The Entrepreneur's Investor Choice: The Impact on Later-Stage Firm Development
Univ. Lille Nord de France - SKEMA Business School
September 25, 2012
This article analyzes how early-stage financing decisions may affect how entrepreneurial firms ultimately grow. This theoretical study considers an entrepreneur seeking early-stage financing from either a specialist or a generalist investor in the context of stage financing. It is assumed that an early-stage specialist is less efficient in assisting a venture beyond the early-stage round than a generalist. This leads to the following tradeoff: by initially selecting an early-stage specialist, the entrepreneur benefits from increased investor incentives in the first round. Such incentives generate additional value for the entrepreneurial venture, improving valuation in the interim round and thereby mitigating the risk of dilution against follow-up investors and potentially even of premature discontinuation of the project. However, early-stage specialists are more reluctant to finance later rounds. Conversely, using a generalist secures efficient follow-up funding but also leads to weaker investor incentives in the early stage. With this tradeoff, the presence of asymmetric information about the quality of entrepreneurial projects particularly affects generalists; entrepreneurs with strong projects more often choose specialists, while entrepreneurs with weak projects select generalists to secure efficient continuation. The use of convertible securities or adjustment warrants in contracts cannot always eliminate the effect of asymmetric information. Several empirical implications derived from this tradeoff are provided for optimal investor choice.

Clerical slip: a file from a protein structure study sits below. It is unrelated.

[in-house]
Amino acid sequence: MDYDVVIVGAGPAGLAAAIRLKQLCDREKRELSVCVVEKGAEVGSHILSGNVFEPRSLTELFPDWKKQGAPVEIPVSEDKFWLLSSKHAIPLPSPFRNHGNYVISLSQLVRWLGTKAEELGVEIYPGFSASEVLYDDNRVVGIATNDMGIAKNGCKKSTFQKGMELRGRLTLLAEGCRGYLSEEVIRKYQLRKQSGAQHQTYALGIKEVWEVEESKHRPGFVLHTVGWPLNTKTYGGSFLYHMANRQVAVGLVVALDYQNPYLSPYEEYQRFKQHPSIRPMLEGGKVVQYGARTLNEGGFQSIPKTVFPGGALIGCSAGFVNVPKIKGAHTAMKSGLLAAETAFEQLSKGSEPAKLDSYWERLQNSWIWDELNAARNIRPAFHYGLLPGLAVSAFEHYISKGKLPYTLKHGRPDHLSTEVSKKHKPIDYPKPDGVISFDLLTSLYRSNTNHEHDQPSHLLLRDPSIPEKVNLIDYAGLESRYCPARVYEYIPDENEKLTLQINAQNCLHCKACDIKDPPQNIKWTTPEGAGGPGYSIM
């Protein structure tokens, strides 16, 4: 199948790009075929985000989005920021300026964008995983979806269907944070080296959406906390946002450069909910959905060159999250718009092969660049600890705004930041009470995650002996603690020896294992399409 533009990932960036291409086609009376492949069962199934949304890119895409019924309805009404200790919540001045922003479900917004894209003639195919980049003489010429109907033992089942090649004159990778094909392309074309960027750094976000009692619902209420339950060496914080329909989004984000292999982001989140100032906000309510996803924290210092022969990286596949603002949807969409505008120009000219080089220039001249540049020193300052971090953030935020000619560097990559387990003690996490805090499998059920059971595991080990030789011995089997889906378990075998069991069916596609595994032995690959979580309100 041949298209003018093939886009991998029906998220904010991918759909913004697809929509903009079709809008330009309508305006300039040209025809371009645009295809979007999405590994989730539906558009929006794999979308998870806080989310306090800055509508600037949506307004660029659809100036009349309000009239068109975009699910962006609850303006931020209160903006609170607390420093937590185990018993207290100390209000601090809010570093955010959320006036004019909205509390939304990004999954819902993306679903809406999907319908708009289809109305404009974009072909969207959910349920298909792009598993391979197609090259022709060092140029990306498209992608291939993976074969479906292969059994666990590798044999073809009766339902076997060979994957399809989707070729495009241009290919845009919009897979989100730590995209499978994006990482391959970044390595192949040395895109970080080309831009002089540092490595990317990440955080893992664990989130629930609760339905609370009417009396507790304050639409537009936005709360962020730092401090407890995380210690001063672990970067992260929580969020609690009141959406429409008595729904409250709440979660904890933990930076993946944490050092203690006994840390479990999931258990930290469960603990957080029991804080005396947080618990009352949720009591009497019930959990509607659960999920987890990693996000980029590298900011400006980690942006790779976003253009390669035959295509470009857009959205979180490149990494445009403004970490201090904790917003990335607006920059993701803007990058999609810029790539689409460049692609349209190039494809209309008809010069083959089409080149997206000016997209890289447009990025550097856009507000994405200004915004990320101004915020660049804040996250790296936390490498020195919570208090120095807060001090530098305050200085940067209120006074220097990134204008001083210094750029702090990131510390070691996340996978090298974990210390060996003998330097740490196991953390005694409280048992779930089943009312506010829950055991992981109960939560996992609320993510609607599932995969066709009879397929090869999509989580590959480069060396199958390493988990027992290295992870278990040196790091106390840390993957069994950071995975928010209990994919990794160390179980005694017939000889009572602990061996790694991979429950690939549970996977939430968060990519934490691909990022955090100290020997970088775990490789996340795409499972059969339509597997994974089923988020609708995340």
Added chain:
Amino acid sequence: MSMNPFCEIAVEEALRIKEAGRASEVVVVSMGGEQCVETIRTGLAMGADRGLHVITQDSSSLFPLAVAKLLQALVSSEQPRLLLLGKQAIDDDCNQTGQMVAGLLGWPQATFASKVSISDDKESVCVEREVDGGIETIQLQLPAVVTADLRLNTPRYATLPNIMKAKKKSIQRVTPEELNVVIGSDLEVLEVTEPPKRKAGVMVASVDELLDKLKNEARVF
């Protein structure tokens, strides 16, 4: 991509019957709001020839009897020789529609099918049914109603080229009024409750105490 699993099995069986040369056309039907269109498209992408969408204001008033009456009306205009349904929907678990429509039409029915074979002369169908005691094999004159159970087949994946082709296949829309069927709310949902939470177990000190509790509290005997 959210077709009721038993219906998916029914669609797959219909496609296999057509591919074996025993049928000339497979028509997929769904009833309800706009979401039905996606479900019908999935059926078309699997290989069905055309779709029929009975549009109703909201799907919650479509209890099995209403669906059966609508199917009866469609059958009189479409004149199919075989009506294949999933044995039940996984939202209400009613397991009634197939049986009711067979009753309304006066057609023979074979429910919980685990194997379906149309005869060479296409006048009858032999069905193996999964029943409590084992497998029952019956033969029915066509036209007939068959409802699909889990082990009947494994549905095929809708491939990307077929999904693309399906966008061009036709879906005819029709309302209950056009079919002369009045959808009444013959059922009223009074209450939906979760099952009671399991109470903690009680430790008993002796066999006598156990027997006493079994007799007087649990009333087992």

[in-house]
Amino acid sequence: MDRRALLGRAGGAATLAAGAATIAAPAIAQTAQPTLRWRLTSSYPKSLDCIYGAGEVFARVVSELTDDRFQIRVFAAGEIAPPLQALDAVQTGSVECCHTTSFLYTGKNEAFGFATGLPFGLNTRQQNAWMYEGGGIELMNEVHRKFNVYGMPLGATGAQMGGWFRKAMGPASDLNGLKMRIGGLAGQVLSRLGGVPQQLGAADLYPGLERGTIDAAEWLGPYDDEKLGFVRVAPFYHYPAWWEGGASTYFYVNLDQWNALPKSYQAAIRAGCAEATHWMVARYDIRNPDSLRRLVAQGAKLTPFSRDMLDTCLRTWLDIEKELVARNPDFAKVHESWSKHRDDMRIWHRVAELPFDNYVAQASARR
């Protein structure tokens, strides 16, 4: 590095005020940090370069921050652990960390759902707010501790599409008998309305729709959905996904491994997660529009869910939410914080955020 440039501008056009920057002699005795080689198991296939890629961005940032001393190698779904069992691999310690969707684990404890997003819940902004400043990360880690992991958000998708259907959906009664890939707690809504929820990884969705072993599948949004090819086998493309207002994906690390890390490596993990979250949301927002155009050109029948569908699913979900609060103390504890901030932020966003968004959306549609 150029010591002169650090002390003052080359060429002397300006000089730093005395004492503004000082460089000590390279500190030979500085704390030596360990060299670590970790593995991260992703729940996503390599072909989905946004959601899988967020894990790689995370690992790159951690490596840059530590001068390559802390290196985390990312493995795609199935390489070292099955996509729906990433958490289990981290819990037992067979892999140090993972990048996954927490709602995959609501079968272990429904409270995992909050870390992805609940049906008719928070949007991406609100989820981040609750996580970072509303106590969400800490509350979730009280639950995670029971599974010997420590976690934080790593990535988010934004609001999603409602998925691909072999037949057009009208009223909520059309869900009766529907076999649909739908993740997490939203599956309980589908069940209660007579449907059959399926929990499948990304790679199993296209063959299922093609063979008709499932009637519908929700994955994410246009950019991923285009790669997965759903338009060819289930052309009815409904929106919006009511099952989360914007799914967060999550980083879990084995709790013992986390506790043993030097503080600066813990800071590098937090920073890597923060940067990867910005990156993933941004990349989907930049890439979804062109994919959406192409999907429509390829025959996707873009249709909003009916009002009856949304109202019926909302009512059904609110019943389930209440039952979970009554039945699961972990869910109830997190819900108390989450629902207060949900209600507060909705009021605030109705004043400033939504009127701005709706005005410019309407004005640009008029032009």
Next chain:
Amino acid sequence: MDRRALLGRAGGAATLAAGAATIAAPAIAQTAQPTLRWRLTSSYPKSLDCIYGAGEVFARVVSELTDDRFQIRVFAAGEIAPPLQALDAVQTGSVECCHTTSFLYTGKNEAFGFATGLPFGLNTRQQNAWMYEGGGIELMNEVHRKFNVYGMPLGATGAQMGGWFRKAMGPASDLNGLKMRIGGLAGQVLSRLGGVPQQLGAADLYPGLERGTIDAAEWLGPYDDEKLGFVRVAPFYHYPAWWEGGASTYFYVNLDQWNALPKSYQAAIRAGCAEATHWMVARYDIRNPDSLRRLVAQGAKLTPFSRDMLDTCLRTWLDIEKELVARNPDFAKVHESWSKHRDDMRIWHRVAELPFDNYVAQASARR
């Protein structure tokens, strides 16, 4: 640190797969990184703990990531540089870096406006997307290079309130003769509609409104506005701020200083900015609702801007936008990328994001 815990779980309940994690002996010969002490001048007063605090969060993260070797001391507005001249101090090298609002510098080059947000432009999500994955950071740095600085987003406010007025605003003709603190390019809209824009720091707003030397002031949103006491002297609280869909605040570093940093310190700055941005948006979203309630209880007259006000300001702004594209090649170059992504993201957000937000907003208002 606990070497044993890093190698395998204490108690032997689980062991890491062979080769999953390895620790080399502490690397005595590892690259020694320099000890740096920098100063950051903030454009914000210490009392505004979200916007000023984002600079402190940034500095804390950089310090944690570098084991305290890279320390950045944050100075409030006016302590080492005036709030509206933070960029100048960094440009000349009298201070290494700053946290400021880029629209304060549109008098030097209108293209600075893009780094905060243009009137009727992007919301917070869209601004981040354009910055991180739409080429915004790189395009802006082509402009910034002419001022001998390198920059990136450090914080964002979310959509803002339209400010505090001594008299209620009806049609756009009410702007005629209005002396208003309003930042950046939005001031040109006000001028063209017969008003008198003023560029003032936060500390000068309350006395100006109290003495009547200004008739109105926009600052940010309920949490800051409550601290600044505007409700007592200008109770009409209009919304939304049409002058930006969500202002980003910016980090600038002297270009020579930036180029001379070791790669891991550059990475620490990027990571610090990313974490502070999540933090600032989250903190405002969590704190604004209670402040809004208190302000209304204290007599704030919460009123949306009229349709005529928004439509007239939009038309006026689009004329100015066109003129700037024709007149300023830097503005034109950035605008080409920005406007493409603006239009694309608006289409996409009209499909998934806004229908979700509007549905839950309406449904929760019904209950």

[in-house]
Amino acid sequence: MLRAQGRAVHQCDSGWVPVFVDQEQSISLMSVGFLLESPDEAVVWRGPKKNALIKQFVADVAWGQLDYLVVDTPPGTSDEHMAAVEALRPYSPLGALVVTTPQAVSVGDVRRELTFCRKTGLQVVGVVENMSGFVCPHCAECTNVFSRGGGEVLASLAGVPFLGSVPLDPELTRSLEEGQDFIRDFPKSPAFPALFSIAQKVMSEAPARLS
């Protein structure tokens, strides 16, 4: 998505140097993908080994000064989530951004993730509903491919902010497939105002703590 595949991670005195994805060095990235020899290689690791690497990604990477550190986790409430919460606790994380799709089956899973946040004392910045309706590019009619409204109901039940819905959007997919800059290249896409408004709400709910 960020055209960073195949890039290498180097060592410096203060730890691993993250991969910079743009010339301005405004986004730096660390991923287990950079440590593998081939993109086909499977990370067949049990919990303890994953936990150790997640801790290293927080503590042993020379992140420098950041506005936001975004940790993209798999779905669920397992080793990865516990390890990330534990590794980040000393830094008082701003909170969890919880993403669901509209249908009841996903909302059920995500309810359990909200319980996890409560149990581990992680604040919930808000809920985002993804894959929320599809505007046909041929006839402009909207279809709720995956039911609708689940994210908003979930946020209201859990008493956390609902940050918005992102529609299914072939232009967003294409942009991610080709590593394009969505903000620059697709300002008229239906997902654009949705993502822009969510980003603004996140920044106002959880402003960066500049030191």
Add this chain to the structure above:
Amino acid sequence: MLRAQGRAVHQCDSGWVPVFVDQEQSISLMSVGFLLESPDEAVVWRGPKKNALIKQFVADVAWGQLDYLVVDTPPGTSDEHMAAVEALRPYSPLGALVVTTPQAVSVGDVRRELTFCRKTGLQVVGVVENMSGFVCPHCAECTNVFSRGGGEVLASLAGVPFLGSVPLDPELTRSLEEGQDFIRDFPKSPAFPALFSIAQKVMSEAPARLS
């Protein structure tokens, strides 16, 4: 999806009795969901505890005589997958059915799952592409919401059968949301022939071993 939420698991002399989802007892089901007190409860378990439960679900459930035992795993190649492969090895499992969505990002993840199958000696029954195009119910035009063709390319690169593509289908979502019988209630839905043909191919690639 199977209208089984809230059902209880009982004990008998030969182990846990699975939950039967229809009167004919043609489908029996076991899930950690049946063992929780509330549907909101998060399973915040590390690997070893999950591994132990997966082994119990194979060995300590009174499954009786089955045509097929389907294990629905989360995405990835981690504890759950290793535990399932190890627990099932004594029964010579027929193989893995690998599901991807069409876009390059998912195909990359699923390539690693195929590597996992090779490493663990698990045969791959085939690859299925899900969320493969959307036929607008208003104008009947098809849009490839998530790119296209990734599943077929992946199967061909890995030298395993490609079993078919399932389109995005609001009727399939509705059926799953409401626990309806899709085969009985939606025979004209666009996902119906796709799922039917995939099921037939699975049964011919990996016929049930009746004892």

Number of Pages in PDF File: 36
Keywords: entrepreneurship, financing strategy, investor specialization, start-up finance, stage financing, asymmetric information
JEL Classification: G24, G32, L10, O31working papers series
Date posted: October 9, 2009 ; Last revised: September 26, 2012
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